Cytosol vs. Cytoplasm
This is a common misconception, and needs to be clarified. And this article uses these terms interchangeably. It needs to be made clear that cytoplasm includes all organelles except nucleus, whereas cytosol does not include organelles. —Preceding unsigned comment added by Sergeymk (talk • contribs)
- Go ahead! When the whole thing is based on volunteers, it ends up being a cobbled together connection of facts that aren't always the best or truest way to convey things. If you've the expertise, I'd be very grateful! 'Cause I lack it. WLU (talk) 02:10, 4 February 2008 (UTC)
"The cytosol is the gooey, semi-transparent fluid..." Gooey? When describing cellular contents, I wasn't aware that it is a normal procedure to explain texture. Would you call the golgi "spongey" or compare a nucleus to a ball bearing? I'll delete it, but feel free to put it back if my reasoning is off. Andykinosis (talk) 01:50, 4 May 2008 (UTC)
Some of the references in the External Links section is referred to a book, not a site.
Either change it to "References" or I don't know... it's not like you have to listen to me.
22.214.171.124 (talk) 01:14, 3 April 2008 (UTC)
Could someone put in a phrase that explains the relationship between those two, please. The Protoplasm article is sort of hanging in a vacuum now, but reading the text there, should be linked by many other topics. If for no other reason than many kids learn the term in school and may later want to check up what it was and how it relates. Lisa4edit (talk) 20:56, 13 May 2008 (UTC)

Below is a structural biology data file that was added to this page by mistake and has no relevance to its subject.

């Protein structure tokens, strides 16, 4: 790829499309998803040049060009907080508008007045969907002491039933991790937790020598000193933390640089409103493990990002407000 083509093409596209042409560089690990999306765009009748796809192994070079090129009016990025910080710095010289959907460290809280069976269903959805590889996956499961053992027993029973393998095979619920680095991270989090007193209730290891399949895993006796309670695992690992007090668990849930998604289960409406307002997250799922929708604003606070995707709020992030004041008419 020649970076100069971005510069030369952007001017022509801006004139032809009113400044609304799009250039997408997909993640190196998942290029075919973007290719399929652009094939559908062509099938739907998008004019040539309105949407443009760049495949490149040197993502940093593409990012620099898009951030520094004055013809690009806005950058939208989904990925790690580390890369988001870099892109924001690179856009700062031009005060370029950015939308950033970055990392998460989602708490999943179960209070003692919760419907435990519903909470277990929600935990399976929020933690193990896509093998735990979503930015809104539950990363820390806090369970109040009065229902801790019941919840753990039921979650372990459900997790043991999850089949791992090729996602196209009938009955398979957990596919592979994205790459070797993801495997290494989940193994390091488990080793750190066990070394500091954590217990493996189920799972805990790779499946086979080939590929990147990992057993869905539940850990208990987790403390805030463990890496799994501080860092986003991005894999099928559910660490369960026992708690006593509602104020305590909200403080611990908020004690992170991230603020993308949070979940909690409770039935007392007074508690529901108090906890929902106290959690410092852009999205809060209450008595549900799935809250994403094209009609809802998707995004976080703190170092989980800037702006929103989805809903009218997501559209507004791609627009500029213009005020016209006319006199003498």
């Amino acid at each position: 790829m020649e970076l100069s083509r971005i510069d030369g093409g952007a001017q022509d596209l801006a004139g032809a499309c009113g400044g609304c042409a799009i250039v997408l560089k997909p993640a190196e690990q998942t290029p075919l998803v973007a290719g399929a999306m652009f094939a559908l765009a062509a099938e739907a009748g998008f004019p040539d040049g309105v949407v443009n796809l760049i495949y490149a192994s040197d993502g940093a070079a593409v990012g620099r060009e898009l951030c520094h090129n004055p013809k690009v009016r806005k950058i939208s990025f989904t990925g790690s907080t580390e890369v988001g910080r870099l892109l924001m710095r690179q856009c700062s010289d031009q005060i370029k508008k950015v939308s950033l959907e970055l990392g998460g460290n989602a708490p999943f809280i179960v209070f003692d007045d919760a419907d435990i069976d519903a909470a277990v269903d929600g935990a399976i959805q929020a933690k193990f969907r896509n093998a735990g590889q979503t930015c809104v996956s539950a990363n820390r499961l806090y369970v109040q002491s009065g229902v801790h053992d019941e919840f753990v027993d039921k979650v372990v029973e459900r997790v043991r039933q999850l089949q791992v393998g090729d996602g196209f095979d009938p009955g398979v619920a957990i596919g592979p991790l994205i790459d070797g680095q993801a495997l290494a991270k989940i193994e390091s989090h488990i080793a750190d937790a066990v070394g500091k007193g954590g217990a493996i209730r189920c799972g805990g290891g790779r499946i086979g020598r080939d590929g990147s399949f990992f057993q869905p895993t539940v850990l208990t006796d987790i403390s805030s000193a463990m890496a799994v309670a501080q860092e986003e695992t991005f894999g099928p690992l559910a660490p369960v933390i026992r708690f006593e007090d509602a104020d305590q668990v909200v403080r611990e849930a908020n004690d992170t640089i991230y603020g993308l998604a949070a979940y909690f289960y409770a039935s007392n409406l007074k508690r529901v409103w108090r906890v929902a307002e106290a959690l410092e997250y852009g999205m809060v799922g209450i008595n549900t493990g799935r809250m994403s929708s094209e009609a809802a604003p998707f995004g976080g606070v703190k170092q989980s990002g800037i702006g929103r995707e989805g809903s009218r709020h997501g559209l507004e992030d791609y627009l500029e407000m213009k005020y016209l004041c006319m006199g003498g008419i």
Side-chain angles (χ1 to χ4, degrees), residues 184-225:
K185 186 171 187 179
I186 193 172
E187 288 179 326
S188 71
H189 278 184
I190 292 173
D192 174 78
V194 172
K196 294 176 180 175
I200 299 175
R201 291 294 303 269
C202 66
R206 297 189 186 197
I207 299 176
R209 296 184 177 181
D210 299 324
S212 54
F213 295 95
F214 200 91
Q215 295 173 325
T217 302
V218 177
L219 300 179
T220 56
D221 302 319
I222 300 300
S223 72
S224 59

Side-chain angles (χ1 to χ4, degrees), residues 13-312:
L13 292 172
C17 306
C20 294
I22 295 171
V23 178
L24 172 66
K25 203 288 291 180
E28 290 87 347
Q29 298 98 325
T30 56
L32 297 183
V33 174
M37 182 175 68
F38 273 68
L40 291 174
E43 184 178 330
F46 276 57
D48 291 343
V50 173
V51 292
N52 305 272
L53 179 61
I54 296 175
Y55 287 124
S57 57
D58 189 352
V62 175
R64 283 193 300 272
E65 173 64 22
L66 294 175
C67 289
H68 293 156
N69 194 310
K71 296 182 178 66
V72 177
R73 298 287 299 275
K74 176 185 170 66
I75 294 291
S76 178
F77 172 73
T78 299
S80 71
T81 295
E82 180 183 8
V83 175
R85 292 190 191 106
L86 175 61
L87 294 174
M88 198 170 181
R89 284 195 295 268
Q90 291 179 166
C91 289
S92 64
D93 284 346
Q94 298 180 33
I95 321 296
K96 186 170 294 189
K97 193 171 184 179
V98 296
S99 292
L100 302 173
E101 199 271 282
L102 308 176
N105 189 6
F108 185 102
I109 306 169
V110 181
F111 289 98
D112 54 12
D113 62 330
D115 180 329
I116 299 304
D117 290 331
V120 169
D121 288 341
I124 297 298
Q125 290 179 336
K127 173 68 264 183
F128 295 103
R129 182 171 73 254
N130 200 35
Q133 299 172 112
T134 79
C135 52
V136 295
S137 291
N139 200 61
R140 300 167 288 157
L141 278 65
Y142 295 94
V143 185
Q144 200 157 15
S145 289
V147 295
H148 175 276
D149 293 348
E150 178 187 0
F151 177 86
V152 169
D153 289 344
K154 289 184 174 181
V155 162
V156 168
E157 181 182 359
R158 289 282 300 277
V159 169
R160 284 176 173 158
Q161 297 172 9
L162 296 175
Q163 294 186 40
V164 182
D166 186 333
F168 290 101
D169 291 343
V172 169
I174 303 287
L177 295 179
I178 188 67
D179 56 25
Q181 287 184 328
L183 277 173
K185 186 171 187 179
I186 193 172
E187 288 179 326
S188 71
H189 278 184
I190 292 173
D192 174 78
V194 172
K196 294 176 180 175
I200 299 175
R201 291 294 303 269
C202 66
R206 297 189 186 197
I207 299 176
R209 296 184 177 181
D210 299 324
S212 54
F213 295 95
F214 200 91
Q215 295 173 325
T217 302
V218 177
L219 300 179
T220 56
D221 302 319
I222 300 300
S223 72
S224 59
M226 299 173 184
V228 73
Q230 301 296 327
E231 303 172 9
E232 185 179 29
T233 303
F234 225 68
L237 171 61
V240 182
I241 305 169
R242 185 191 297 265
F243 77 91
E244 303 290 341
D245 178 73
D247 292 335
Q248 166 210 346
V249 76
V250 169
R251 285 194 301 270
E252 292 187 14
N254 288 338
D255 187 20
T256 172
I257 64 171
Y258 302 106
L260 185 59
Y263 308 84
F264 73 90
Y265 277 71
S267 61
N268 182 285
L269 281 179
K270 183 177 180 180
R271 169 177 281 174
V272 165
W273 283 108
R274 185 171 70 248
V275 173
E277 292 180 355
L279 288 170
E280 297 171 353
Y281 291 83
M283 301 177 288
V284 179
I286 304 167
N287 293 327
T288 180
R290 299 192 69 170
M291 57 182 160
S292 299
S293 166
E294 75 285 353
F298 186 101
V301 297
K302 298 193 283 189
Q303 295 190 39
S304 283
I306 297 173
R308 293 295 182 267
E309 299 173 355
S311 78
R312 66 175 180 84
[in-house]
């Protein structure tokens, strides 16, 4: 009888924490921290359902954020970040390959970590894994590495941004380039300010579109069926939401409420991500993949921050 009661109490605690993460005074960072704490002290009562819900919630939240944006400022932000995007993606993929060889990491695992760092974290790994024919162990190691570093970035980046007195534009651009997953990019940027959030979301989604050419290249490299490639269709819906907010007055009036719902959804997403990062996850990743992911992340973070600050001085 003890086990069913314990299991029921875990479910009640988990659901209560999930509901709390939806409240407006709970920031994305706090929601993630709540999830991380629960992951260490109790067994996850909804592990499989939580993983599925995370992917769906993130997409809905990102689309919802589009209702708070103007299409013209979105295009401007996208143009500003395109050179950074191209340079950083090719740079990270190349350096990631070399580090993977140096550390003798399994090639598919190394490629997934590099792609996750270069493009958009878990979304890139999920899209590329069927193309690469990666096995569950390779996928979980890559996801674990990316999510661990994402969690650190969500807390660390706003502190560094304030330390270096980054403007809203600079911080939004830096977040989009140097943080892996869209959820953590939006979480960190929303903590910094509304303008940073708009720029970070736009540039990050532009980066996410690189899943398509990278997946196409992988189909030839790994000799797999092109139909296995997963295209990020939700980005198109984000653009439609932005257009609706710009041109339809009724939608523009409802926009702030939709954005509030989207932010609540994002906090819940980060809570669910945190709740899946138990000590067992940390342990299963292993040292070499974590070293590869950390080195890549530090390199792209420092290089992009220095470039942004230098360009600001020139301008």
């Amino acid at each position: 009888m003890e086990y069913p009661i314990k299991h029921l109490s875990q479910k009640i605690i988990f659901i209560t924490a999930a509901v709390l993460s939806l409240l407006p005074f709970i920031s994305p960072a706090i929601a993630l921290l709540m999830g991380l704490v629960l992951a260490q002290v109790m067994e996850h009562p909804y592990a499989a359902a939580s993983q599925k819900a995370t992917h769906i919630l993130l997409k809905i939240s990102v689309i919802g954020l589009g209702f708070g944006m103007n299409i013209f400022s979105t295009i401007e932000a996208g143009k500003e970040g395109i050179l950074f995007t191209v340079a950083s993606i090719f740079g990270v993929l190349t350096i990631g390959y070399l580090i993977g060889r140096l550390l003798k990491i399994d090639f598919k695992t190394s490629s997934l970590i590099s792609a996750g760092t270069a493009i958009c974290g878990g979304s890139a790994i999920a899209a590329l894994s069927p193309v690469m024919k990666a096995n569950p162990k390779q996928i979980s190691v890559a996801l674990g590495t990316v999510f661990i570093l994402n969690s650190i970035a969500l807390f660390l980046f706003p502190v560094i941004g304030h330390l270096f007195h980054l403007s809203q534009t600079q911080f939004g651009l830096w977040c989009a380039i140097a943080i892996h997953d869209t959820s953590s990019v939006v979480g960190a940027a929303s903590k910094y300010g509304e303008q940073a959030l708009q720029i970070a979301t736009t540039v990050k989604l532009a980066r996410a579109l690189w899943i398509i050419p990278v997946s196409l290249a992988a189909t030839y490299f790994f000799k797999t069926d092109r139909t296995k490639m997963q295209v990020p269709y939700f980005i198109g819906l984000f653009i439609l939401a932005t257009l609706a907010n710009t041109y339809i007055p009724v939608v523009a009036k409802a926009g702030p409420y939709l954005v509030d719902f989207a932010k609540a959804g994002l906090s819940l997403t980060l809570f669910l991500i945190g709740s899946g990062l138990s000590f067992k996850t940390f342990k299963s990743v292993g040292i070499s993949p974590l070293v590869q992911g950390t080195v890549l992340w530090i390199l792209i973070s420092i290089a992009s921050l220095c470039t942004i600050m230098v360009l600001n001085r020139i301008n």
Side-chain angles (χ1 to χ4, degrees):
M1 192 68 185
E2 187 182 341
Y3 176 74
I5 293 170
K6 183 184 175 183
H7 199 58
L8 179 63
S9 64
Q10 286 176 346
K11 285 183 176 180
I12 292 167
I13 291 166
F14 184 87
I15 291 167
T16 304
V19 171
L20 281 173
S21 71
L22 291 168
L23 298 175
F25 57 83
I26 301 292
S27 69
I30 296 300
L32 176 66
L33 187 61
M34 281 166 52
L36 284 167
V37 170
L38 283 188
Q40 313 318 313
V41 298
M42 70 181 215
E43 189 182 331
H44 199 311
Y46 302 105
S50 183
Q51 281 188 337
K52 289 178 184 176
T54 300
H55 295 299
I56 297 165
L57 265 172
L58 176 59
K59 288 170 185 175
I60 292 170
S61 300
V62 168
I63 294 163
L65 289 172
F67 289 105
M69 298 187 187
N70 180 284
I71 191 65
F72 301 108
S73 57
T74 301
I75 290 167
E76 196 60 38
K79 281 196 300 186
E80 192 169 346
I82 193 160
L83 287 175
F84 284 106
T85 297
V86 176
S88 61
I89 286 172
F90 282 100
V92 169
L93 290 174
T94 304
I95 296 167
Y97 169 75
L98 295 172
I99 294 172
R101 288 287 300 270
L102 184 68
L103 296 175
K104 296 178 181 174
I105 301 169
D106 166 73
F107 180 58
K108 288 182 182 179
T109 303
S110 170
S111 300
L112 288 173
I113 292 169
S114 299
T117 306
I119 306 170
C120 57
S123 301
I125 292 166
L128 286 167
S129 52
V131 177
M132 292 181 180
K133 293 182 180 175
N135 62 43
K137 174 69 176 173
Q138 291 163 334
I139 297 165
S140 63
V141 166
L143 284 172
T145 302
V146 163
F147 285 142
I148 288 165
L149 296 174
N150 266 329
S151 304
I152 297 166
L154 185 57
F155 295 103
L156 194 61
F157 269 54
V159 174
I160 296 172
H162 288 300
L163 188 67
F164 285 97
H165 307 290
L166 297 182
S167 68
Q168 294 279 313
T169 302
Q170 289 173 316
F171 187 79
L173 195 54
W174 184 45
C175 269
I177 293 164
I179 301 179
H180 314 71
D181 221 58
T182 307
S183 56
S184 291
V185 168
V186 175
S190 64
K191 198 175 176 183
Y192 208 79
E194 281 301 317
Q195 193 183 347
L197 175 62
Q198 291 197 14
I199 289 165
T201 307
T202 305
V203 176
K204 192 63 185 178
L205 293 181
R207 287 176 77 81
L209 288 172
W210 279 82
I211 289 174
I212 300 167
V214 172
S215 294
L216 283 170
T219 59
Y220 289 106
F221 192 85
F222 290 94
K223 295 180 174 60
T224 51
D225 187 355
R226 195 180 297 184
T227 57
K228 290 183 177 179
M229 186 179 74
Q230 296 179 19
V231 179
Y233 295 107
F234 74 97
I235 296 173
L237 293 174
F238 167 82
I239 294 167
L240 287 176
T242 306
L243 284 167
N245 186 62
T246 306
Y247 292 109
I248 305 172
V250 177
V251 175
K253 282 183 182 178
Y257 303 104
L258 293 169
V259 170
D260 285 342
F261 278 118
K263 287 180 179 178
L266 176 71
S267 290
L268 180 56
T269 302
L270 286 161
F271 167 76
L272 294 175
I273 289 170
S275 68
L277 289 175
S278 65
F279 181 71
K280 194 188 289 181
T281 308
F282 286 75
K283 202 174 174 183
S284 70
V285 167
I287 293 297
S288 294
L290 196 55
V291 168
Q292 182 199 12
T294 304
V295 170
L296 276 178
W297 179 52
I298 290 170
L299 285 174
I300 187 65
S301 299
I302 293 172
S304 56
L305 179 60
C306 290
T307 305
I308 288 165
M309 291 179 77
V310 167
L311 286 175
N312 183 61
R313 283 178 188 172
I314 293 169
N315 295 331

what is cytplasm of course it is a cell what does it do???? none of these aricles really tALKs about it if you agree put an article up saying this same thing with any subject!!!
my name is alske u. menrs
thank you for suppose abley hepling me firgure out science and thank you for all those ppl that agree and but another page up i really accept you in my life. —Preceding unsigned comment added by 126.96.36.199 (talk) 01:28, 12 March 2009 (UTC)
I would also want to give this a very, very big importance, since it is one of the cell organelles and it would be senseless that only its parts were discussed. Yes, you did put its main function but are there anymore? - student_school09
organelles in the cytoplasm
in the cytoplasm are many organelles,including mitochdria,endoplasmic reticulum and more each of these organelles has specifics functions in the cell.when u leave the nucleolus you find your self in the cytoplasm.it is located between the cell membrance and the nucleolus.your ship in a clear ,thick,gel-like fluid.the fluid in the cytoplasm is constantly moving so your ship does not need to propel itself —Preceding unsigned comment added by 188.8.131.52 (talk) 06:55, 2 October 2009 (UTC)
Comment moved from article to here
Should say "on the inside of" the cell membrane, not between, which would incorrectly imply that cytoplasm is found between leaflets of the bilayer. It is more accurate to say it is on the inside of the cell membrane. moved this comment from an IP to this talk page. Calmer Waters 05:01, 7 September 2011 (UTC)